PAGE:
2018 Exhibit & Awards

 

Click on the albums below to see the individual pieces with descriptions.

Juror’s Statement


At its best, a juried exhibition can capture the breadth, depth, and complexity of a moment in making, bringing disparate voices into illuminating conversation (although not necessarily in harmony). Taken together, the submissions for the 2018 State of Clay juried exhibition exemplify the expansive sense of possibility that is inherent to clay, which can say and do most anything depending on the hands and mind that shape it. 


It was my great privilege to spend time with the diverse selection of works submitted, which ran the gamut: sculptural statements ranging from enthusiastic to elegant; functional wares for both the special occasion and daily celebration; vessels which wanted to be vessels and vessels that tried to look the other way; utter abstraction to affecting realism; works which interpret the past and those which push us into the future; and objects of all manner showing the potential of working cross-media or thinking about clay as canvas. I offer my most sincere thanks to each artist who applied for sharing your abilities, ambition, passion, and dedication to your practice.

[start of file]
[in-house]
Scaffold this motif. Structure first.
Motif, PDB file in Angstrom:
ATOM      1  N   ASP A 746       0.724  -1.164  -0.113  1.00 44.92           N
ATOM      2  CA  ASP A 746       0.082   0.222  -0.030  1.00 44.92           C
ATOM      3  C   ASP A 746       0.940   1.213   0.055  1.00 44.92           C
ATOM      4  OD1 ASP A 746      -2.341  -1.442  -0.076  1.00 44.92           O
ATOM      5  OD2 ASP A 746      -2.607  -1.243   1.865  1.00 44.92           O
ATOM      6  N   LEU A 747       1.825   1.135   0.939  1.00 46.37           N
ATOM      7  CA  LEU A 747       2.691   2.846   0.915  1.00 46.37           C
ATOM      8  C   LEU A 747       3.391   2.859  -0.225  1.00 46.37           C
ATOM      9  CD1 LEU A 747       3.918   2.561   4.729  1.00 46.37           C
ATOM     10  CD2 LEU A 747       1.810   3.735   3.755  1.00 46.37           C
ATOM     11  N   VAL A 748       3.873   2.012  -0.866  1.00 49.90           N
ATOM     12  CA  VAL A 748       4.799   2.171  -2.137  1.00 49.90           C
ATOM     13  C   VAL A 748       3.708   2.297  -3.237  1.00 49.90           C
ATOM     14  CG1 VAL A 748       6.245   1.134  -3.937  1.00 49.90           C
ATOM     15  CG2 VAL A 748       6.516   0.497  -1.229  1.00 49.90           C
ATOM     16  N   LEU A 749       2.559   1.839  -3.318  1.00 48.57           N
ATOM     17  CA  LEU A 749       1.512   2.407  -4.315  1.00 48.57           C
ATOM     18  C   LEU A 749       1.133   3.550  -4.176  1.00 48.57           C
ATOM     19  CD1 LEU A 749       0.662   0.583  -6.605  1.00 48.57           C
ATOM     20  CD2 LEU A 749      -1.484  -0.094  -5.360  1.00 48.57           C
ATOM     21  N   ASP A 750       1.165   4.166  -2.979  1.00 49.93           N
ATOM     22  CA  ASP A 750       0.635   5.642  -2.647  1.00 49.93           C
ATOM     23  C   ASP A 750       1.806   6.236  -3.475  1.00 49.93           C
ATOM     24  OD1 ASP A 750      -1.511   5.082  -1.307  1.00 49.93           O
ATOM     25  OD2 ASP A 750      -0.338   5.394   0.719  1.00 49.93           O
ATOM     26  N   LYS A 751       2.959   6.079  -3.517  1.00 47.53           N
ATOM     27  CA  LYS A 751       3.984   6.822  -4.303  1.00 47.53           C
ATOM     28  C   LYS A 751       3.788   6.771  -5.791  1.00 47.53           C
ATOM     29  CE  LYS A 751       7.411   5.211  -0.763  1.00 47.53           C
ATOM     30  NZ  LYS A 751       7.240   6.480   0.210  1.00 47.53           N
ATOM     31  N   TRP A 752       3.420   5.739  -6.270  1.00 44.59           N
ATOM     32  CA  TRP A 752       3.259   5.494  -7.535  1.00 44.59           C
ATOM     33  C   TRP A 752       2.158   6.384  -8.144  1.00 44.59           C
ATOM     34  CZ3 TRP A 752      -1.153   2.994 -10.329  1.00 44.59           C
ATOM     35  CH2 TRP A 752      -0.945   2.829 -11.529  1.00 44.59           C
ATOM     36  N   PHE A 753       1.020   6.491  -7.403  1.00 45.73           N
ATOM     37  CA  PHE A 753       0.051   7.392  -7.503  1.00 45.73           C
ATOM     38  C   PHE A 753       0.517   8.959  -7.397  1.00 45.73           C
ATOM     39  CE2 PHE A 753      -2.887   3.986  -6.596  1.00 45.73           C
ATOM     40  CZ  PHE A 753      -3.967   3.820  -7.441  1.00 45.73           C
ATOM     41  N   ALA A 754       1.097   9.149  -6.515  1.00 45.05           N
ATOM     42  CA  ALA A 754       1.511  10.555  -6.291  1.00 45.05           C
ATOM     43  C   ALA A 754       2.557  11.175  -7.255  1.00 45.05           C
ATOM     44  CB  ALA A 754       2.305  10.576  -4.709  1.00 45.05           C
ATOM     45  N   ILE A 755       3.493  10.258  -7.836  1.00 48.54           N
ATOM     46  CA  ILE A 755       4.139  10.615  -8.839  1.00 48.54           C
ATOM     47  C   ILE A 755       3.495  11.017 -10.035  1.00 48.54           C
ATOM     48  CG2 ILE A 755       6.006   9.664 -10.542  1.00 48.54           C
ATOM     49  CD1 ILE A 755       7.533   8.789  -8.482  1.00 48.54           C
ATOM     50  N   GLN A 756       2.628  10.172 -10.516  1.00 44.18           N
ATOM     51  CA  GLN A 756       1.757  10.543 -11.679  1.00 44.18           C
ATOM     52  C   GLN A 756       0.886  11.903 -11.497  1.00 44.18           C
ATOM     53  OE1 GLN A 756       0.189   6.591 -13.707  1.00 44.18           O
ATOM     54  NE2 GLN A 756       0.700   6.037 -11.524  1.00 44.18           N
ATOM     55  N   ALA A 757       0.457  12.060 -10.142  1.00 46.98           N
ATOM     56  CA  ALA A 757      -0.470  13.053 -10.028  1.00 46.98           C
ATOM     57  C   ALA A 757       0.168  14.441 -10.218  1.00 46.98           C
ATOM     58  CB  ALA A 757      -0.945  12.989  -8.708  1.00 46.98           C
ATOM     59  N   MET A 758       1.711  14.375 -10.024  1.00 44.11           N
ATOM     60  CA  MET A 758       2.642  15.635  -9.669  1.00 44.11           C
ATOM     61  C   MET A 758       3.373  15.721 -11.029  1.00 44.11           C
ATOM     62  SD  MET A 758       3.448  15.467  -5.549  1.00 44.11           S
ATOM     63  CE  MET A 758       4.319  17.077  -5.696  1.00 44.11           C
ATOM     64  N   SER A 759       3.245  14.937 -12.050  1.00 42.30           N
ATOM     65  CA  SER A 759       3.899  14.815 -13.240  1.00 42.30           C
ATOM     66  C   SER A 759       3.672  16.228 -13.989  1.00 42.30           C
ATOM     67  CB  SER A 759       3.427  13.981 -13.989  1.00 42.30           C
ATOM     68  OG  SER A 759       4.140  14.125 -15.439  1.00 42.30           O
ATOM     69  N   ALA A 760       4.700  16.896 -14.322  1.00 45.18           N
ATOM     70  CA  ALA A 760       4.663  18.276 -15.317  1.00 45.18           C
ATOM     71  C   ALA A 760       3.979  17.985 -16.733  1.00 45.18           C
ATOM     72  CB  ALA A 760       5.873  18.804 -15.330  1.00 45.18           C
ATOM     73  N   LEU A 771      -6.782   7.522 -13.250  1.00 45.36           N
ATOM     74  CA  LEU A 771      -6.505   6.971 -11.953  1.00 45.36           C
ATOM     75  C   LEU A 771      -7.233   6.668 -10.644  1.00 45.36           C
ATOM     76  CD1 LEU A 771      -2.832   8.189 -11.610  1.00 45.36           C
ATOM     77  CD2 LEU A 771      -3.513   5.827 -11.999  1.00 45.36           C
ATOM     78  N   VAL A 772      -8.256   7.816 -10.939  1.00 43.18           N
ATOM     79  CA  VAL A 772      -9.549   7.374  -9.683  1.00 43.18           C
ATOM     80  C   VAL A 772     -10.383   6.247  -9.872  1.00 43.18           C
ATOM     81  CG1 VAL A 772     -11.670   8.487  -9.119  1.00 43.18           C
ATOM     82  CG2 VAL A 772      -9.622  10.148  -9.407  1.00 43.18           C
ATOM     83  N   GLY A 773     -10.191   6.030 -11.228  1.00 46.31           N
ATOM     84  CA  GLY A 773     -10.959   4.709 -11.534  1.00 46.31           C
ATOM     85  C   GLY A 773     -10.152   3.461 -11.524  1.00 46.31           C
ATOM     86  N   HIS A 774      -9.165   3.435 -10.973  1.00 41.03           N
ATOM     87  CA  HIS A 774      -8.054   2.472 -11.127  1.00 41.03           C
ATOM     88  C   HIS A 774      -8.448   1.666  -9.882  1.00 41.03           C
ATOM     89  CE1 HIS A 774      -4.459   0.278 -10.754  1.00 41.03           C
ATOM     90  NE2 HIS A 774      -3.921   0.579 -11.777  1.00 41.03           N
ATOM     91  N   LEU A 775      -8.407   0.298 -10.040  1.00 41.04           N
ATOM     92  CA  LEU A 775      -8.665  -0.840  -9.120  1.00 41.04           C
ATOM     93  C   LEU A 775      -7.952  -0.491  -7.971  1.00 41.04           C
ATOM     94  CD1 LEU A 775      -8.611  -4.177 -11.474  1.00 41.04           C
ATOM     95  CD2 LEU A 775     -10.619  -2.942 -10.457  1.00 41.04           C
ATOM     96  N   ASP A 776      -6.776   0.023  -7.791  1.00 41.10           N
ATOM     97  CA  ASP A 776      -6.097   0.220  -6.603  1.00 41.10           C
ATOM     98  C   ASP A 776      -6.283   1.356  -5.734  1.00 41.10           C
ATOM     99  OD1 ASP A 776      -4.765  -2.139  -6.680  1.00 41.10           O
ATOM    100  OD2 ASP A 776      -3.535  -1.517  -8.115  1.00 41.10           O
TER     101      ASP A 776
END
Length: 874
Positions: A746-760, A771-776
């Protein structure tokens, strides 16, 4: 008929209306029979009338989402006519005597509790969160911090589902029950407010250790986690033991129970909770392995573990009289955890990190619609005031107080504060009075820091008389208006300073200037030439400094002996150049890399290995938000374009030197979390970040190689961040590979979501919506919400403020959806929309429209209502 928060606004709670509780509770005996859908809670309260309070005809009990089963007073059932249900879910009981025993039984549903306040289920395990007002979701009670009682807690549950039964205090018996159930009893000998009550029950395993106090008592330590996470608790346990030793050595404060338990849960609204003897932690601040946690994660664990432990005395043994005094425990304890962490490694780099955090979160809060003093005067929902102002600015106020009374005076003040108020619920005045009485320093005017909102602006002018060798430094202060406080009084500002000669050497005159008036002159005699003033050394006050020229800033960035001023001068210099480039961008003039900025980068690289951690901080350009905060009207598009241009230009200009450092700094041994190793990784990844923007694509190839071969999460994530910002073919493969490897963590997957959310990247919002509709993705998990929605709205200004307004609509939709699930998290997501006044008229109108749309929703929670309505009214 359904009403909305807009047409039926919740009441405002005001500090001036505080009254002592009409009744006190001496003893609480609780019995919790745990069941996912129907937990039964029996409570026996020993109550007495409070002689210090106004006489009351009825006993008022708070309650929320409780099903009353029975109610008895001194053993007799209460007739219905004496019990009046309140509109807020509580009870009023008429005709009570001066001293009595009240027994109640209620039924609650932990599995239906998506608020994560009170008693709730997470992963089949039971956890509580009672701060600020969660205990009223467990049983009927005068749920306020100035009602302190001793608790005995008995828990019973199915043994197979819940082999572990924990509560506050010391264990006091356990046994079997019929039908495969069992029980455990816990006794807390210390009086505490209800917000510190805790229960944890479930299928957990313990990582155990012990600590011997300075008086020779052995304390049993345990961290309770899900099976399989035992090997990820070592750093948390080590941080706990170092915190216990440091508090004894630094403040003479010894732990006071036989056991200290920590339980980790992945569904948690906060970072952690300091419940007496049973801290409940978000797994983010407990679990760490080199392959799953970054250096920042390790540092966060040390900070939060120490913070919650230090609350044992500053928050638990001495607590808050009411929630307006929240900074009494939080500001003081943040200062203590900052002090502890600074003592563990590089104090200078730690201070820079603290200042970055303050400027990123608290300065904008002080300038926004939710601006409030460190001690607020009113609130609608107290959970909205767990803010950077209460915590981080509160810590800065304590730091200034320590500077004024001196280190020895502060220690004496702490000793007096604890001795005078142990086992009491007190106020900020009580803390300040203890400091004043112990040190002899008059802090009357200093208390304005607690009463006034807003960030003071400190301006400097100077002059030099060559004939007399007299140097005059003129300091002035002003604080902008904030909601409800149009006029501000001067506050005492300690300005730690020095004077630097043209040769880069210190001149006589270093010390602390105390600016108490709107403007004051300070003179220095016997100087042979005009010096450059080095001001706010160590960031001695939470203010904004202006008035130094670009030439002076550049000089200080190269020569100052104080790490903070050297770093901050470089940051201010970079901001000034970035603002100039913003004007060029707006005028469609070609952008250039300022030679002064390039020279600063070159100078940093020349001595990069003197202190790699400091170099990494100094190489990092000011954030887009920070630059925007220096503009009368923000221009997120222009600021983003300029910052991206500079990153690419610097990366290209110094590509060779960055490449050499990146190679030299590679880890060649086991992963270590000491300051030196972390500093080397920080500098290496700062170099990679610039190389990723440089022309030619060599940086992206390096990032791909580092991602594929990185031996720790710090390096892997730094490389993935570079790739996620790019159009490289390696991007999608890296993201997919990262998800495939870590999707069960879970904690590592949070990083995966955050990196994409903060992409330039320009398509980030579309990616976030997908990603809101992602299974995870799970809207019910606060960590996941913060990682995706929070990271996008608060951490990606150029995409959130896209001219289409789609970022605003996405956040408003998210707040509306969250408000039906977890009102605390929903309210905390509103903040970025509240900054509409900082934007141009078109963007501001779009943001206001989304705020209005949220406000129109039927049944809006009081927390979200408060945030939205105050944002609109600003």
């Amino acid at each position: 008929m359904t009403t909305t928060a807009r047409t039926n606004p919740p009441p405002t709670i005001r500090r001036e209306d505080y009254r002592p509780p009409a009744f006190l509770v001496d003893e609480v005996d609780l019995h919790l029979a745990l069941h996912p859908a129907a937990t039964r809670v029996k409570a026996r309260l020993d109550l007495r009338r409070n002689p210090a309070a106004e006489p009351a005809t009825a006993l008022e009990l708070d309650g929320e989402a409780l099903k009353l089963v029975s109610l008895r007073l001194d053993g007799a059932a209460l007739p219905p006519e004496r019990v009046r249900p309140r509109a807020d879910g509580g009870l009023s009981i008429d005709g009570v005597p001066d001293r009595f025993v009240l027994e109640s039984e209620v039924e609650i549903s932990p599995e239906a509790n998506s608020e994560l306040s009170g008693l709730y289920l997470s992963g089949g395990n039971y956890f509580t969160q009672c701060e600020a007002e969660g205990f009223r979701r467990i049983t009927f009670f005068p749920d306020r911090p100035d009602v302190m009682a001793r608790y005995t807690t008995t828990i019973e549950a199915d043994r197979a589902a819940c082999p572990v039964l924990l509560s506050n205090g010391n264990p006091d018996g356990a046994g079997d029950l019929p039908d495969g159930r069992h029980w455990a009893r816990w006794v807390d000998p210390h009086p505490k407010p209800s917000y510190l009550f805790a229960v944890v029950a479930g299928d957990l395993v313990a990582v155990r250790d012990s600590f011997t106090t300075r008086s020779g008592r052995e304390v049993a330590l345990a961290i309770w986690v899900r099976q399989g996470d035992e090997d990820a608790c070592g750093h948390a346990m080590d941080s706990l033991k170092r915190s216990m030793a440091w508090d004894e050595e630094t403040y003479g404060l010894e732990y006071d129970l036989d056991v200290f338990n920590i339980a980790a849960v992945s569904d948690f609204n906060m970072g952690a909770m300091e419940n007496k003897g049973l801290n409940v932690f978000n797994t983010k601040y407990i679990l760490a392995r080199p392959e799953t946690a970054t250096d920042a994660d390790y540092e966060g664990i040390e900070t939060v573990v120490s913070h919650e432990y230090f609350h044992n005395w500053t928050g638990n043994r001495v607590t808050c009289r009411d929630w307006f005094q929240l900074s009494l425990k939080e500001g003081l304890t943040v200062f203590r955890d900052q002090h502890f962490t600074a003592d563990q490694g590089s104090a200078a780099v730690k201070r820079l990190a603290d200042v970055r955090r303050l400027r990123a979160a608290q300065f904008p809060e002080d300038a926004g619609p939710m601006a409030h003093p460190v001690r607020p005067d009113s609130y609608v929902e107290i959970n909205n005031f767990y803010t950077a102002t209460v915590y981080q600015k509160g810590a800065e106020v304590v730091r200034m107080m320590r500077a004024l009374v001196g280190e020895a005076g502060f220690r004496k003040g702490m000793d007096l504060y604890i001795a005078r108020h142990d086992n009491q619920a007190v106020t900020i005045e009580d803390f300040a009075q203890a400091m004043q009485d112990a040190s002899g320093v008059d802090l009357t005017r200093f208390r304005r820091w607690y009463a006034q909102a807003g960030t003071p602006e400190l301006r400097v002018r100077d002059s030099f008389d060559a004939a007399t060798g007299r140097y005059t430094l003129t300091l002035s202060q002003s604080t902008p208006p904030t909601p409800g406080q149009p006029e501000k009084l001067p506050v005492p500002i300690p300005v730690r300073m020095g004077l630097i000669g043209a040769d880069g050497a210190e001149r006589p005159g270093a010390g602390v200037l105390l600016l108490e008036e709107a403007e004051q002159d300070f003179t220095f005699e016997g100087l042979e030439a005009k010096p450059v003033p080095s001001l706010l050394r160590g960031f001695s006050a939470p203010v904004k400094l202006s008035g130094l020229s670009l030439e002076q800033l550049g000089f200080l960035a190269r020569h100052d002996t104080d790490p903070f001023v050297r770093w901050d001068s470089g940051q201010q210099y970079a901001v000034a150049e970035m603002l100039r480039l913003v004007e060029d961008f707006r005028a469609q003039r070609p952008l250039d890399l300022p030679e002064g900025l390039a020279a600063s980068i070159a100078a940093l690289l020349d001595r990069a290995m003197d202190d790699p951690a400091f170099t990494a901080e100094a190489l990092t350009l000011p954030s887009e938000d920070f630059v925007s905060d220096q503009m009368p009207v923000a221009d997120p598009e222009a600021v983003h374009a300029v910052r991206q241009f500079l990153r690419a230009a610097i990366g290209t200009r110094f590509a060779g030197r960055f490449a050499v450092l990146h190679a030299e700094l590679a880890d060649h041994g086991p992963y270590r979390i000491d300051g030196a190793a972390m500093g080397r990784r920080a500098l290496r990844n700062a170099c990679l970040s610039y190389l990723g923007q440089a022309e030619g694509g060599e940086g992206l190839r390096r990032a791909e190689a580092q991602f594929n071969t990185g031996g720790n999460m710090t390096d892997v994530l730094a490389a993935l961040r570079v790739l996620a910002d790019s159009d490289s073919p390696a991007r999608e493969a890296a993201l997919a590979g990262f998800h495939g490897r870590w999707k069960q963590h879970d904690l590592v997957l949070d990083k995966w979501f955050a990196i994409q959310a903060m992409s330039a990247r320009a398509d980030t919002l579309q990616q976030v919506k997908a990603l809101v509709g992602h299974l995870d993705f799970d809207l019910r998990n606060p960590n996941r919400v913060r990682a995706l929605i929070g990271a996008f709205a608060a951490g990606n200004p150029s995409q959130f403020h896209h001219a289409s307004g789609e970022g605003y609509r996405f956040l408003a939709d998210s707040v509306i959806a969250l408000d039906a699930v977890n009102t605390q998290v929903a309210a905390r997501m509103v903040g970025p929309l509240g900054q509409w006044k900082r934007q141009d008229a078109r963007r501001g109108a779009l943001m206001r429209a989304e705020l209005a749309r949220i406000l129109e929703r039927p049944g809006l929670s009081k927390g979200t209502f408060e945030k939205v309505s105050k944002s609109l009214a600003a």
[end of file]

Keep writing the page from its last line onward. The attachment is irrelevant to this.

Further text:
The works chosen for the exhibition are ultimately those that displayed a strong degree of creativity and resolution across several areas, in equal measure. I hoped to see creative composition and design alongside, and in dialog with, a skilled and self-assured approach to one’s chosen way of making. I was also looking for the immaterial quality which draws one into a compelling work of art and begs for additional time and consideration; this is, unfortunately, much more difficult to discern from the photographic image than the “real” thing, especially for three-dimensional objects. Even so, that ineffable spark managed to shine in many entries, making the job of selecting only seventy-seven pieces from a pool of about 500 a difficult one. The final collection offers a glimpse into the vital and engaging landscape of Massachusetts ceramics today.  


Emily Zilber

2018